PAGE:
A weekend ago, George Beatty and I car pooled to a country house near Chappell Hill, TX where we and over a dozen other classmates from American Leadership Forum's (ALF) Class XVII took part in a rousing talkathon that stretched from Friday evening until nearly noon on Sunday. Most of the talking was done in proximity to food.
On Friday evening eight or nine of us ate Fiesta's pork carnitas with the requisite 'big green salad' that my daughters know so well. We sat at that dining table from 7:00 until 10:30 when another classmate arrived late and hungry. While she ate her carnitas and salad, the rest of us brought out a redo of cheese and crackers and without pause, we all kept on talking until midnight. Here's my ALF buddy Thomas Jones at the dinner table.
This class is never at a loss for words. Two new conversation topics spontaneously erupted this time around. Never before have we talked about 'getting-older' health issues nor have we ever discussed caring for elderly parents. Well, we've reached the age and stage for such talk. though we didn't scrimp on politics and the doings of classmates.
Here's Joe Williams, the classmate who keeps those emails coming so we can all keep track of one another.
Saturday morning six or eight of us headed out over the hills for a grand walk. Beautiful country, but the trees are dying here just as they are in Houston's Memorial Park.
Leading the way, my ALF buddy Thomas Jones stopped to point and say, "Oh." What he meant to say is, I am sure, "There's a snake in the grass." A very long, skinny, still snake in the grass.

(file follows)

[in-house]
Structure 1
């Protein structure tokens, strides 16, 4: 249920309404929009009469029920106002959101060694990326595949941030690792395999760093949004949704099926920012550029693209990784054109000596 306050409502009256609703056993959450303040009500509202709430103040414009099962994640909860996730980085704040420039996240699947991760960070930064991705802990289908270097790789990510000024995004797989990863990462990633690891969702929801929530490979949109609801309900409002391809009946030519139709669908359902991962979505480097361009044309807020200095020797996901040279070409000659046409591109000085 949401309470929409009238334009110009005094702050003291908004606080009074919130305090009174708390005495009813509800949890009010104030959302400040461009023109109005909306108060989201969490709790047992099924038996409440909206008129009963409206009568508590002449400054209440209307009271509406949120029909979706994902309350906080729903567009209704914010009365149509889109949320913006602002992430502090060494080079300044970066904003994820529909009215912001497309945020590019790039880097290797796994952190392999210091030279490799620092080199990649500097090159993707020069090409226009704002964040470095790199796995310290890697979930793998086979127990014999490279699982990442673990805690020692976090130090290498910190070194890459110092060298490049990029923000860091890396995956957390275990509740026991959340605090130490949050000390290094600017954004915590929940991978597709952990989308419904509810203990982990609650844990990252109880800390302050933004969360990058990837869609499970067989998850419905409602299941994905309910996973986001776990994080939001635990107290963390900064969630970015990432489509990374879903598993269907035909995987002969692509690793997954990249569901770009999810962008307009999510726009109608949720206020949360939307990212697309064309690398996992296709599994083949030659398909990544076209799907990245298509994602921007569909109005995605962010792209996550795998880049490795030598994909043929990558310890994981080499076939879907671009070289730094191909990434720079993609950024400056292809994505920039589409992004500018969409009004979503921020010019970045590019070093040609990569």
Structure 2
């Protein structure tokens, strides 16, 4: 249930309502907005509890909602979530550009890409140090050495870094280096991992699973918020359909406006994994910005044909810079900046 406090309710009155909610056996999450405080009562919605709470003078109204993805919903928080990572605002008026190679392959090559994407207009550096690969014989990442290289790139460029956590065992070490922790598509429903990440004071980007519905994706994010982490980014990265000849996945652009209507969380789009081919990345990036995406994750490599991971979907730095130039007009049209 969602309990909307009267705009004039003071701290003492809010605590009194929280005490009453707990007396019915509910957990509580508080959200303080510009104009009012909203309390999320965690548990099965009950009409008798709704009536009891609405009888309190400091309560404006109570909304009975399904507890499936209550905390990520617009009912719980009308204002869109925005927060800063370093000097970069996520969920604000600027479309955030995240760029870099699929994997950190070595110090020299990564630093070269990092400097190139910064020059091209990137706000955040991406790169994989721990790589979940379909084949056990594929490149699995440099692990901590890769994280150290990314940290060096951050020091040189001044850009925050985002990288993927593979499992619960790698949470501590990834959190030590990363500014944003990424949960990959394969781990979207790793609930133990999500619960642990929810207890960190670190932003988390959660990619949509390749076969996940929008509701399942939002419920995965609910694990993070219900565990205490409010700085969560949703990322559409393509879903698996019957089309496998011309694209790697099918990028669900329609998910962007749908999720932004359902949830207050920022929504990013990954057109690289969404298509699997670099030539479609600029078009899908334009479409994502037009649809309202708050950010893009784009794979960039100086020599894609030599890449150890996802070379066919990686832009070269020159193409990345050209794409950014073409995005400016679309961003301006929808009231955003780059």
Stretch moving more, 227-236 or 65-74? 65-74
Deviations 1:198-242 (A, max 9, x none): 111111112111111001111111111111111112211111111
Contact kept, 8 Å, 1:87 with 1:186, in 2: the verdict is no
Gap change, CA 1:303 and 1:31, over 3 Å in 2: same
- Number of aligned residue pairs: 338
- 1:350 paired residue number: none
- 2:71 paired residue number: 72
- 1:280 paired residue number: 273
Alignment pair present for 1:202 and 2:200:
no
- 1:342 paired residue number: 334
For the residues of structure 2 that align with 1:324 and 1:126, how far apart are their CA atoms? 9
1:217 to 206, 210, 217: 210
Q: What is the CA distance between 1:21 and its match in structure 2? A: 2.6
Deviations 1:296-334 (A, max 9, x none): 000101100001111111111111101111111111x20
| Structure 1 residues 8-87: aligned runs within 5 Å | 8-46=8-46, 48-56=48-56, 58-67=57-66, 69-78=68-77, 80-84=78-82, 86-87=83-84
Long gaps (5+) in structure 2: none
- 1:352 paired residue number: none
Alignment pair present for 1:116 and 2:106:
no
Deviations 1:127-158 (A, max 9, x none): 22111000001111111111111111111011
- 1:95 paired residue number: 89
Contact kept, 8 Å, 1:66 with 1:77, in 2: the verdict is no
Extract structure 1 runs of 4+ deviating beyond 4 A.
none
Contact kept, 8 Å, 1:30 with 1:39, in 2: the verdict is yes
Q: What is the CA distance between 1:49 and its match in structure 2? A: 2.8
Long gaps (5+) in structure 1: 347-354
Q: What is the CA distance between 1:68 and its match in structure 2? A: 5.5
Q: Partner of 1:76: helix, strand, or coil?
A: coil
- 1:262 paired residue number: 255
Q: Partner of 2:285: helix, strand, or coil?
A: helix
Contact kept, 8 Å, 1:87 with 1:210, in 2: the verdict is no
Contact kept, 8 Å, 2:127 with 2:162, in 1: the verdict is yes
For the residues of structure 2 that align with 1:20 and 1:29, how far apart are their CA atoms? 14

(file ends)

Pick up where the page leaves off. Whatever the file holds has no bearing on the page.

Ida and I kept walking until we were about 20 feet away from the others, all of whom surrounded that snake and watched until it swung a 90 degree turn and slithered off into the bushes. Some of those in the circle jumped. Really high. I won't say who. We got an email on Monday with a full rundown on exactly what kind of Texas snake we'd seen. It was a Texas rat snake, not venomous. No, it's a constrictor. I could barely read the words that characterized the snake as both aggressive when cornered and capable climbing. I believe I saw it jump in the air when it turned that 90 degrees, but I've been told I exaggerated. Only my classmates jumped.
Saturday lunch/brunch was big food. Cynthia Briggs brought enough to feed us all for several days. We made a big dent in it.
We filled our plates and headed toward those picnic tables and chairs we'd moved to a spot under the trees.
It was easy to get comfortable in the shade, so our picnic lasted several hours.
Easy time to take photos of classmates too. Above is a photo of George Beatty, he, a fellow traveler to Turkey a couple of years ago, and Thomas, he who said "Oh" when confronted with the Texas rat snake.
Below are Alice Aanstoos and Cynthia Briggs. And below them are photos of Leo deLeon, Graham Painter (making a grand gesture) and Becky Udden. We had a lot of Class XVII at this gathering. And missed every single one of those who weren't there with us.
Becky brought brisket and cheese grits for supper and there we were again at a very full table, eating and talking and talking. If I'd written this post a week ago, I'd have remembered more about those long rambling conversations. However, nine days later, the whole wonderful weekend is slightly blurred. A sure sign of age.
In any case, these are some of the folks with whom I climbed a mountain in Colorado in the summer of 1999. It was terrific to share a visit with so many of them. The bucolic setting was quite wonderful too. Many thanks to our hosts who lent us their home in the country.